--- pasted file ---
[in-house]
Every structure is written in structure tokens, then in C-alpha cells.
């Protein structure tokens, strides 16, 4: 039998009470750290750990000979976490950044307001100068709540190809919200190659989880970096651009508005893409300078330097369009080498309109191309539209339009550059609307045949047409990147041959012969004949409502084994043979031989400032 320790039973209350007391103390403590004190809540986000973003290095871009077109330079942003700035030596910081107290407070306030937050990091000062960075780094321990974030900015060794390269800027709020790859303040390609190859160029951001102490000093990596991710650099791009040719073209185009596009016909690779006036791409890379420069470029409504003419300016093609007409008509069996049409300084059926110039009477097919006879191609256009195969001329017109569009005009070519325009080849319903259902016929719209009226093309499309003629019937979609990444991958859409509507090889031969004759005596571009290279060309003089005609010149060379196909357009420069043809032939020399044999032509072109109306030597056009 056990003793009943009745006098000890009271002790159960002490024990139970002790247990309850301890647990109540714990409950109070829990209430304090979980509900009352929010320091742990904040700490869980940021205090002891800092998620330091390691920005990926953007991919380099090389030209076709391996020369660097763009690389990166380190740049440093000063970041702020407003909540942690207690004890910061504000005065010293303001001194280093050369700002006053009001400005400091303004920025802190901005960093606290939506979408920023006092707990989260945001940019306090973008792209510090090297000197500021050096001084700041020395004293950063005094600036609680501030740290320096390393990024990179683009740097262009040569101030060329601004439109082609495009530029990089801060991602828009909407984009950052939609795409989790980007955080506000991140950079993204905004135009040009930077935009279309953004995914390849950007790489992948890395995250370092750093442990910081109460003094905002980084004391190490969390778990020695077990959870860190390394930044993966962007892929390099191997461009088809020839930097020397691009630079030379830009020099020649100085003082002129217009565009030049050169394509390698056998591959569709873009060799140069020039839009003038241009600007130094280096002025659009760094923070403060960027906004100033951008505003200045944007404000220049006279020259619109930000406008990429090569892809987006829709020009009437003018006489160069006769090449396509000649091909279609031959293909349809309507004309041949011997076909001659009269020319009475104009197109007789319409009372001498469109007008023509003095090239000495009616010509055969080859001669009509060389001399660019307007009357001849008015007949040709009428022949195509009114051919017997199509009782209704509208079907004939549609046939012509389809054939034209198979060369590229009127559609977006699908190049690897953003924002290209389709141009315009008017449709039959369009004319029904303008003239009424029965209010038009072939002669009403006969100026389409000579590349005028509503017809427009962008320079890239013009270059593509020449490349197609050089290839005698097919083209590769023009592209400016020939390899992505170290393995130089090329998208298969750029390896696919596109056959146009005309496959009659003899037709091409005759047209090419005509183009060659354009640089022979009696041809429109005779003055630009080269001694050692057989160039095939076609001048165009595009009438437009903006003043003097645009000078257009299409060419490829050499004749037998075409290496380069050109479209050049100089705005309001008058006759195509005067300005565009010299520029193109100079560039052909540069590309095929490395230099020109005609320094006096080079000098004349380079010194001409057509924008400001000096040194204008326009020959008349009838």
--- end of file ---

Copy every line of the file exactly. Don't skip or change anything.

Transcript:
[in-house]
Every structure is written in structure tokens, then in C-alpha cells.
């Protein structure tokens, strides 16, 4: 039998009470750290750990000979976490950044307001100068709540190809919200190659989880970096651009508005893409300078330097369009080498309109191309539209339009550059609307045949047409990147041959012969004949409502084994043979031989400032 320790039973209350007391103390403590004190809540986000973003290095871009077109330079942003700035030596910081107290407070306030937050990091000062960075780094321990974030900015060794390269800027709020790859303040390609190859160029951001102490000093990596991710650099791009040719073209185009596009016909690779006036791409890379420069470029409504003419300016093609007409008509069996049409300084059926110039009477097919006879191609256009195969001329017109569009005009070519325009080849319903259902016929719209009226093309499309003629019937979609990444991958859409509507090889031969004759005596571009290279060309003089005609010149060379196909357009420069043809032939020399044999032509072109109306030597056009 056990003793009943009745006098000890009271002790159960002490024990139970002790247990309850301890647990109540714990409950109070829990209430304090979980509900009352929010320091742990904040700490869980940021205090002891800092998620330091390691920005990926953007991919380099090389030209076709391996020369660097763009690389990166380190740049440093000063970041702020407003909540942690207690004890910061504000005065010293303001001194280093050369700002006053009001400005400091303004920025802190901005960093606290939506979408920023006092707990989260945001940019306090973008792209510090090297000197500021050096001084700041020395004293950063005094600036609680501030740290320096390393990024990179683009740097262009040569101030060329601004439109082609495009530029990089801060991602828009909407984009950052939609795409989790980007955080506000991140950079993204905004135009040009930077935009279309953004995914390849950007790489992948890395995250370092750093442990910081109460003094905002980084004391190490969390778990020695077990959870860190390394930044993966962007892929390099191997461009088809020839930097020397691009630079030379830009020099020649100085003082002129217009565009030049050169394509390698056998591959569709873009060799140069020039839009003038241009600007130094280096002025659009760094923070403060960027906004100033951008505003200045944007404000220049006279020259619109930000406008990429090569892809987006829709020009009437003018006489160069006769090449396509000649091909279609031959293909349809309507004309041949011997076909001659009269020319009475104009197109007789319409009372001498469109007008023509003095090239000495009616010509055969080859001669009509060389001399660019307007009357001849008015007949040709009428022949195509009114051919017997199509009782209704509208079907004939549609046939012509389809054939034209198979060369590229009127559609977006699908190049690897953003924002290209389709141009315009008017449709039959369009004319029904303008003239009424029965209010038009072939002669009403006969100026389409000579590349005028509503017809427009962008320079890239013009270059593509020449490349197609050089290839005698097919083209590769023009592209400016020939390899992505170290393995130089090329998208298969750029390896696919596109056959146009005309496959009659003899037709091409005759047209090419005509183009060659354009640089022979009696041809429109005779003055630009080269001694050692057989160039095939076609001048165009595009009438437009903006003043003097645009000078257009299409060419490829050499004749037998075409290496380069050109479209050049100089705005309001008058006759195509005067300005565009010299520029193109100079560039052909540069590309095929490395230099020109005609320094006096080079000098004349380079010194001409057509924008400001000096040194204008326009020959008349009838």